Monday, 14 September 2015

CRADLE OF A LITERARY PHENOMENON: HAWORTH



The village of Haworth in West Yorkshire owes its place on the literary map to Patrick Brontë (originally Brunty, from County Down in Northern Ireland).  In 1820 Patrick moved his family to the village from their birthplace in Thornton near Bradford to take up the role of Church of England perpetual curate of the parish of Haworth.  Patrick himself was an author as well as a priest, but it was his three daughters, Charlotte, Emily and Anne who really sealed Haworth's fate as a literary mecca.  The sisters wrote a number of novels based around locations in the area including Jane Eyre (Charlotte), Wuthering Heights (Emily) and The Tenant of Wildfell Hall (Anne).  Patrick also had a son, Branwell, a painter, writer and poet, but tragically also an alcoholic, a condition made worse by a failed relationship, which led to his early death.  Incredibly, Patrick outlived all of his offspring as well as his wife Maria.

The main focal point for visitors to Haworth is the Brontë Parsonage Museum in Church Street.  The Parsonage, dating from 1778, was home to the Brontë family and it became a museum in 1928.  Visitors can view the rooms where the family lived their lives, and the museum hosts a range of events relating to the family.  Among the many visitors to Haworth, there is a particularly large Japanese contingent due to the country's love affair with the Brontës.  A few years ago some local teenagers studying AS level Japanese were invited to contribute to a website describing the area's attractions in Japanese. 

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Haworth Main Street. Photo by Jon Farman, via Wikimedia Commons
However, Brontë fans should not just limit themselves to Haworth itself, as there are a number of locations in the surrounding area of interest to readers of the Brontës' works.  There is a ruined farmhouse near Haworth called Top Withens which is believed to have been the inspiration for Wuthering Heights, the home of the Earnshaw family featured in the novel of the same name.  Walking enthusiasts might be interested to know that the farmhouse can be reached via the Pennine Way, being located east of Withins Height, below Delf Hill.  Some of the footpath signs are in Japanese for the benefit of the many Japanese tourists who visit the site.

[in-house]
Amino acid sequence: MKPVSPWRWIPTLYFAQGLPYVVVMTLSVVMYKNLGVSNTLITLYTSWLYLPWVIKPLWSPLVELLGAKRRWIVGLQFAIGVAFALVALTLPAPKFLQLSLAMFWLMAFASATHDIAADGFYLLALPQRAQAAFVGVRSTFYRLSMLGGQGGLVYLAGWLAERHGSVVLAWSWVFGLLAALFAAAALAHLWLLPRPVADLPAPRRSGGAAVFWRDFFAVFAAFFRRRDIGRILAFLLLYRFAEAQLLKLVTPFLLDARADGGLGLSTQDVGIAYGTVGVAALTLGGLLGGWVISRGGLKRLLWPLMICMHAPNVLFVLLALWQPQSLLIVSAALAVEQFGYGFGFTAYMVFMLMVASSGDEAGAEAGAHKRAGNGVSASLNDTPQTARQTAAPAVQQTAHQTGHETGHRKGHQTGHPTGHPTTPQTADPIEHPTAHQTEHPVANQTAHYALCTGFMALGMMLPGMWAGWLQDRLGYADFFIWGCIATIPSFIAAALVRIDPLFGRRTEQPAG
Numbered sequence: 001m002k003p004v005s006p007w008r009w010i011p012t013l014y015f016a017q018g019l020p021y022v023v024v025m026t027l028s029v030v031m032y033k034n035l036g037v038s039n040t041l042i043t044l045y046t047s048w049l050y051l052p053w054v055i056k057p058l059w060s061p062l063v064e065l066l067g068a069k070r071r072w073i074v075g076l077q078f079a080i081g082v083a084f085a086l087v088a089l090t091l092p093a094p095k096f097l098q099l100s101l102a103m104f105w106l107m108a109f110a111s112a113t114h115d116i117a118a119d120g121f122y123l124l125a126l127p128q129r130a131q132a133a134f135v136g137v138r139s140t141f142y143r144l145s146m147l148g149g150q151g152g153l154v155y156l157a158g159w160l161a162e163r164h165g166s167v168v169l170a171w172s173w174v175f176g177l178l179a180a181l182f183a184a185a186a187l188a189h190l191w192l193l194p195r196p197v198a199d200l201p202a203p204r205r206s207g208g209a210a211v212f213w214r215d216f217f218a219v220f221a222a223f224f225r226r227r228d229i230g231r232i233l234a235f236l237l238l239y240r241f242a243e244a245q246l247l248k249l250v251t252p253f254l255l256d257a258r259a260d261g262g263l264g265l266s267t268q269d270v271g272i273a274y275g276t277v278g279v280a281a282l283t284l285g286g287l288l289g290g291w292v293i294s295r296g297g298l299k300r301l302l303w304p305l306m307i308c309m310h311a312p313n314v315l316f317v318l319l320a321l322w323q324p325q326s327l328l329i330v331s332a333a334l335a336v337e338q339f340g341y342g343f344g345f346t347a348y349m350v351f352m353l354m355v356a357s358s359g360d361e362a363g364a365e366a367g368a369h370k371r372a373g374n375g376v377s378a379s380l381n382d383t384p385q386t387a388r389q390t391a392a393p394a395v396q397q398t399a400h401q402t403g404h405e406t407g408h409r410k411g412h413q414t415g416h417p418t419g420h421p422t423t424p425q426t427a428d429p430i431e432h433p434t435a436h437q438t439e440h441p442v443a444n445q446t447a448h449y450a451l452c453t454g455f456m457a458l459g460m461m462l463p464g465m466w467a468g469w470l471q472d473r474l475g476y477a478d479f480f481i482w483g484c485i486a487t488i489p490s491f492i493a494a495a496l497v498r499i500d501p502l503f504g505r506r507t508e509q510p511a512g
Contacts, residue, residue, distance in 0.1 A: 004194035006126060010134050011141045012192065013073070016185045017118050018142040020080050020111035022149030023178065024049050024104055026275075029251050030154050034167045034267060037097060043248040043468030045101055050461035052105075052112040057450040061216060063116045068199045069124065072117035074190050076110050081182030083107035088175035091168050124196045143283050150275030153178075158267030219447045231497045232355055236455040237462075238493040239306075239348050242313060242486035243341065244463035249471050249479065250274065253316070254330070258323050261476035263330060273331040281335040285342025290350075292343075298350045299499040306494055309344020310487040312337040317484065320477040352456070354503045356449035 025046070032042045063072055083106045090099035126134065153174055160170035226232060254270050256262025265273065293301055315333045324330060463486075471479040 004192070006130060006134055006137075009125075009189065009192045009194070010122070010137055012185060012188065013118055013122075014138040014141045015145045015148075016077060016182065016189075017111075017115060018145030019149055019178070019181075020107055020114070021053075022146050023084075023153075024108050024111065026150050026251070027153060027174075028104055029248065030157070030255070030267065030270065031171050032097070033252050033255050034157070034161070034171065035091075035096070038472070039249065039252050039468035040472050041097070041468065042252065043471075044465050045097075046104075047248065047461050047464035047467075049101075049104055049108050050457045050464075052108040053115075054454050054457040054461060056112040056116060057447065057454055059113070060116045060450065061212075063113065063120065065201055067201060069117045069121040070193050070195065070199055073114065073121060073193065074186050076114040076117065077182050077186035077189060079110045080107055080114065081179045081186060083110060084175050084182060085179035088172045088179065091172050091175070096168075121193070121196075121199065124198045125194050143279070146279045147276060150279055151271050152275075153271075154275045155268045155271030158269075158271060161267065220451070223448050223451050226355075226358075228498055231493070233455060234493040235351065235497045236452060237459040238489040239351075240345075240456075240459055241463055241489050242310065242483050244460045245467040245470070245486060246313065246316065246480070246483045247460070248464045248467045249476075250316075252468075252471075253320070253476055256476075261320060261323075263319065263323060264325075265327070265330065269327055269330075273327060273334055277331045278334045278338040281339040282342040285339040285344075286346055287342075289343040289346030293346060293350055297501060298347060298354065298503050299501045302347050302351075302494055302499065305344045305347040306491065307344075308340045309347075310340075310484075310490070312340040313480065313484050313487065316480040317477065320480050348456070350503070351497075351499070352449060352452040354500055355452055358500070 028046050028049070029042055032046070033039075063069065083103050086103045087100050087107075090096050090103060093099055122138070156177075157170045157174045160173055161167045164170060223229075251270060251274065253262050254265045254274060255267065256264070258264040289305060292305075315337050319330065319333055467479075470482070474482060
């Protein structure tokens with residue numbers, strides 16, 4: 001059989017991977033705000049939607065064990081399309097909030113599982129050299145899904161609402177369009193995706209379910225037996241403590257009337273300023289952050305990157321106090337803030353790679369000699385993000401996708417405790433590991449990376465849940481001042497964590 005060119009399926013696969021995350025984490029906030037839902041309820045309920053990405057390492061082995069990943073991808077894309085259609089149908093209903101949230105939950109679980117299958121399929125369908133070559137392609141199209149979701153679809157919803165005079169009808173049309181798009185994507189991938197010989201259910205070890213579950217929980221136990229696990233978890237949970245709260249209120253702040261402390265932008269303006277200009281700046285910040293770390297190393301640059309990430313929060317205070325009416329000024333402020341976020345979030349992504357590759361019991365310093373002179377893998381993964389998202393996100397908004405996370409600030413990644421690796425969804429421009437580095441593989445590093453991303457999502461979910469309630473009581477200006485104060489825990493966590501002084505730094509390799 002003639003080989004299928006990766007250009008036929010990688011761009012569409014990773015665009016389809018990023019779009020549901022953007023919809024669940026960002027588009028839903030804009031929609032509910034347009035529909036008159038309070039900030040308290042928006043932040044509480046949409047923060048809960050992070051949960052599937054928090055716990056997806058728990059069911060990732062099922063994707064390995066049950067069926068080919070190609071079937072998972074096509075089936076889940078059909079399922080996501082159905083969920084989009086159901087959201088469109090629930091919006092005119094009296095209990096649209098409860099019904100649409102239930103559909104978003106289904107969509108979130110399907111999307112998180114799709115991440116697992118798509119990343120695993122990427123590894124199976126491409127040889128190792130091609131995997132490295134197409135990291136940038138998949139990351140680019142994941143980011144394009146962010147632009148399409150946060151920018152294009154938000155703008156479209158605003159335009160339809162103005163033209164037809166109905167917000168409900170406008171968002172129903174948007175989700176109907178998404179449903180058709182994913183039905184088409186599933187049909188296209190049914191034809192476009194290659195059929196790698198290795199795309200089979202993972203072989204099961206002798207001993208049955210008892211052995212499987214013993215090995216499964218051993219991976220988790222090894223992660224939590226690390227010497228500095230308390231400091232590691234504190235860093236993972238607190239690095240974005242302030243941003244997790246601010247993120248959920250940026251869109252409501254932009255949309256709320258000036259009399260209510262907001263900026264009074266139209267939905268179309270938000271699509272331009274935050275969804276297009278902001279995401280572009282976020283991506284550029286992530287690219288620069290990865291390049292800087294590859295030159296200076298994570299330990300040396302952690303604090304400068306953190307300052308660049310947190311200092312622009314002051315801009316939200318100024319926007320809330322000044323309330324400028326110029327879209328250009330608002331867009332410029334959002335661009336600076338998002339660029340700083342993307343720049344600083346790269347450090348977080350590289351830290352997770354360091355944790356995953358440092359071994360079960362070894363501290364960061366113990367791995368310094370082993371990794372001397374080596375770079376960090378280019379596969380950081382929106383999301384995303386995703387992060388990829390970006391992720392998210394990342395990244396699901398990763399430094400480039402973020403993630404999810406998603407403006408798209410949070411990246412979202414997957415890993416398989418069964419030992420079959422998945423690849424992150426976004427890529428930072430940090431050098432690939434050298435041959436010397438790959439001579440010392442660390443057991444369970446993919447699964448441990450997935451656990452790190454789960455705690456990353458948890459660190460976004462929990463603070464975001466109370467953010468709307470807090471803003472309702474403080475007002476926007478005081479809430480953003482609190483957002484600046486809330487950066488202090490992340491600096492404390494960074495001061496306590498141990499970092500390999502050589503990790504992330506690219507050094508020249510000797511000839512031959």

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Top Withens. Photo by Tim Green, via Wikimedia Commons

PondenHall near Stanbury to the west of Haworth is reputedly the inspiration for Thrushcross Grange, the home of the Linton family in Wuthering Heights (although it should be noted that the property does not actually match the description of Thrushcross Grange in the book).  The present day property offers bed and breakfast accommodation for those who want to immerse themselves in the Brontë experience.  Oakwell Hall is an Elizabethan manor house in the village of Birstall to the south-west of Leeds which was visited by Charlotte Brontë.  Charlotte was moved by her visits to make the house the inspiration for Fieldhead in her novel Shirley.  Nearby Gomersal is another location which provided inspiration for Charlotte, with Red House as inspiration for Briarmains in Shirley.  Red House is a former cloth merchant's home which is now a museum with period interiors and gardens on view to visitors.

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Oakwell Hall. Photo by Nigel Homer, via Wikimedia Commons
There are guided walks available for those who want to make the most of their visit to Haworth.  

Map of Haworth.

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